Public Media – To Fund Or Not to Fund

What was it, really?  The perception of bias, real or imagined, or a desire to get rid of NPR, or a pragmatic desire to cut spending – and the CPB got in the path?

All of the above…. and then some.

It is VERY likely that we will lose most, if not all, federal funding in the next two years.  Every sign points in that direction.  That means a rewrite of what public radio is, and how it’s funded.  If in the next few years conservatives have their way, the non-comm band (estabished in 1941) will be opened up to all interests, and the Public Broadcasting Act of 1967, which established public funding via the CPB, will be seen as irrelevant and unnecessary.

The intent of federally-funded public broadcasting in the Public Broadcasting Act was to make “telecommications services available to all citizens of the United States.” (47 U.S.C. 396).  Today, over 99% of Americans own a TV and over 95% have access to the Internet.  The core argument is that the Corporation’s mission of ensuring universal access has been fulfilled and the government-funded broadcasting is completely unnecessary.  H.R. 5538 would amend the Communications Act of 1934 to eliminate federal funding for the CPB.  President Obama’s own bipartisan debt commission proposed ending subsidies to public broadcasting.

There is a strong argument to be made that if public radio and TV offers programming people want, it can get sponsors like everyone else and stand on its own.  The base sentiment is that there is absolutely no reason that the taxpayers should be subsidizing media, unless they choose to do so through their own private donations.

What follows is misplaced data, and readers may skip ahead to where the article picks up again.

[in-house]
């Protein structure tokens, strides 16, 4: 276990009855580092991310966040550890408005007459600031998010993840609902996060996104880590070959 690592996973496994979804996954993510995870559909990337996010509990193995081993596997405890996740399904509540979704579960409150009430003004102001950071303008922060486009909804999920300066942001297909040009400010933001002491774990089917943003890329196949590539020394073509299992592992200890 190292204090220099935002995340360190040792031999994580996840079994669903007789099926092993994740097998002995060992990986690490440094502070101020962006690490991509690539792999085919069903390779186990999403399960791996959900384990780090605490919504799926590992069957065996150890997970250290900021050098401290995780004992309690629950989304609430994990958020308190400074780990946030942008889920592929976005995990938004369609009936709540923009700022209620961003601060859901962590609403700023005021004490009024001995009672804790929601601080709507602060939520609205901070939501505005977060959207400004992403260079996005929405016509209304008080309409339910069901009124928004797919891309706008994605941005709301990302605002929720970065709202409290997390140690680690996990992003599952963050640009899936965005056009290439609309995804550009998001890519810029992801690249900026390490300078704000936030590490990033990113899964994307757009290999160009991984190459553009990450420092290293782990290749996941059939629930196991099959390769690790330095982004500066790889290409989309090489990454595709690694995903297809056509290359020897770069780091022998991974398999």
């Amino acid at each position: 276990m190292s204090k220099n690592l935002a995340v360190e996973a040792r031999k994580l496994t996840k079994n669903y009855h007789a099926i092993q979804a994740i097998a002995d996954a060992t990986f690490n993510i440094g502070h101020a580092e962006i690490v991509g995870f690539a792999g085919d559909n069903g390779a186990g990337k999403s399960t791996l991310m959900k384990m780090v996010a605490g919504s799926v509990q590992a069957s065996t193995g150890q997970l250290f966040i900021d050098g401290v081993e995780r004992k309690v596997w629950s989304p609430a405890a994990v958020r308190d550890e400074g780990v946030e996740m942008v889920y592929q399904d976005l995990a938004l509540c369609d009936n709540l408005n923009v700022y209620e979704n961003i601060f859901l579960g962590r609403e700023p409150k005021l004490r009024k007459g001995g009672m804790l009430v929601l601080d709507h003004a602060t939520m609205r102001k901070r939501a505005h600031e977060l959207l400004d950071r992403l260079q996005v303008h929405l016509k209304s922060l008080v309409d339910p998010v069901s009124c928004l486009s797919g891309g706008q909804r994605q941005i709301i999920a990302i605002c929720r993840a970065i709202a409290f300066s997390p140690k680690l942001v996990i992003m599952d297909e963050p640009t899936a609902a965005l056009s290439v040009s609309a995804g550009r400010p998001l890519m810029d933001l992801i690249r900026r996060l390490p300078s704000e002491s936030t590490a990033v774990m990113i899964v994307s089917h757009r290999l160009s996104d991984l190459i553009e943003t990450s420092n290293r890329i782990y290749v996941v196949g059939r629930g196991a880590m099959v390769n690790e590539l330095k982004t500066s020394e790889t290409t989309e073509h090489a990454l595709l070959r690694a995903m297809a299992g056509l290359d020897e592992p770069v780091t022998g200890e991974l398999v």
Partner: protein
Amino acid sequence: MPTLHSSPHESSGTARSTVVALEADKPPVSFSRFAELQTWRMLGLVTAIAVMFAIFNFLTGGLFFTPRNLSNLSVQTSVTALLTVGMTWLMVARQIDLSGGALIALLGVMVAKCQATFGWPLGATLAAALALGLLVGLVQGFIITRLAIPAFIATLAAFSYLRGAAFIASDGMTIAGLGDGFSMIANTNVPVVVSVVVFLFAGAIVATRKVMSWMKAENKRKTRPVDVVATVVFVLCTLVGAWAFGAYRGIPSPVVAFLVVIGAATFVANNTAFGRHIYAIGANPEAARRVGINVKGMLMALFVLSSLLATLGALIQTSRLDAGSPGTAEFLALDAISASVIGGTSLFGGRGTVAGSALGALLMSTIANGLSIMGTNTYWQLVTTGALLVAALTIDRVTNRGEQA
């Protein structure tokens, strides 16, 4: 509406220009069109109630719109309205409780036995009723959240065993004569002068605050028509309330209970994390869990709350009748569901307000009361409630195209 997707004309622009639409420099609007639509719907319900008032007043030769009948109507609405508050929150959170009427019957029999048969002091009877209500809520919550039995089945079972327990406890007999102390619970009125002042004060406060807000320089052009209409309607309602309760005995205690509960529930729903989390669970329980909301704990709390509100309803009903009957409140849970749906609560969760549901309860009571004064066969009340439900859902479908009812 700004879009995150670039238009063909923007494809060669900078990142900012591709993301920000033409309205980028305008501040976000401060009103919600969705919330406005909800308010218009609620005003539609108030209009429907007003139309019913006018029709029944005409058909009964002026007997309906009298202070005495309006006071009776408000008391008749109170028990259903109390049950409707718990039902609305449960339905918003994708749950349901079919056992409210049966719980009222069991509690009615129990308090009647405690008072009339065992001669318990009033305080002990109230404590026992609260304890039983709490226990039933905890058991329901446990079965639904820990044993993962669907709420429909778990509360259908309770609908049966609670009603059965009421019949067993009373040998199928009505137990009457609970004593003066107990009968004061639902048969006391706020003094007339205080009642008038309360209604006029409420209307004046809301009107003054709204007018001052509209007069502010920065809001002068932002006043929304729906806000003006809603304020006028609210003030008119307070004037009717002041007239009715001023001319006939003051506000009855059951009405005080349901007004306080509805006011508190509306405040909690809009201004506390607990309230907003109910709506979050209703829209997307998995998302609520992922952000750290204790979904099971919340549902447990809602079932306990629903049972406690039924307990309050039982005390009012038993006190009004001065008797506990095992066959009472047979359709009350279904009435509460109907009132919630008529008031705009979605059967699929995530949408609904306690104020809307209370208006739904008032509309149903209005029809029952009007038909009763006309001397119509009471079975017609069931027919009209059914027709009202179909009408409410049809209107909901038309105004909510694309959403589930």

The future of public mass-media companies will be based not on the technologies we have in existence today, but rather on evolving convergent  technologies.  What really is public media? Don’t blogs and facebook and twitter and things unseen represent that which the government first envisioned in making “telecommications services available to all citizens of the United States?”

Funding for public mass-media, one that is free of direct governmental and/or commercial influence, will likely include advertising, sponsorship and direct public subsidies — although the uses that may be made of the latter will likely need to be restricted in order to reduce the risk of this subsidy being abused to influence programming.

The recent developments concerning NPR have only exacerbated the problem.

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Filed under News & Notes, Radio News

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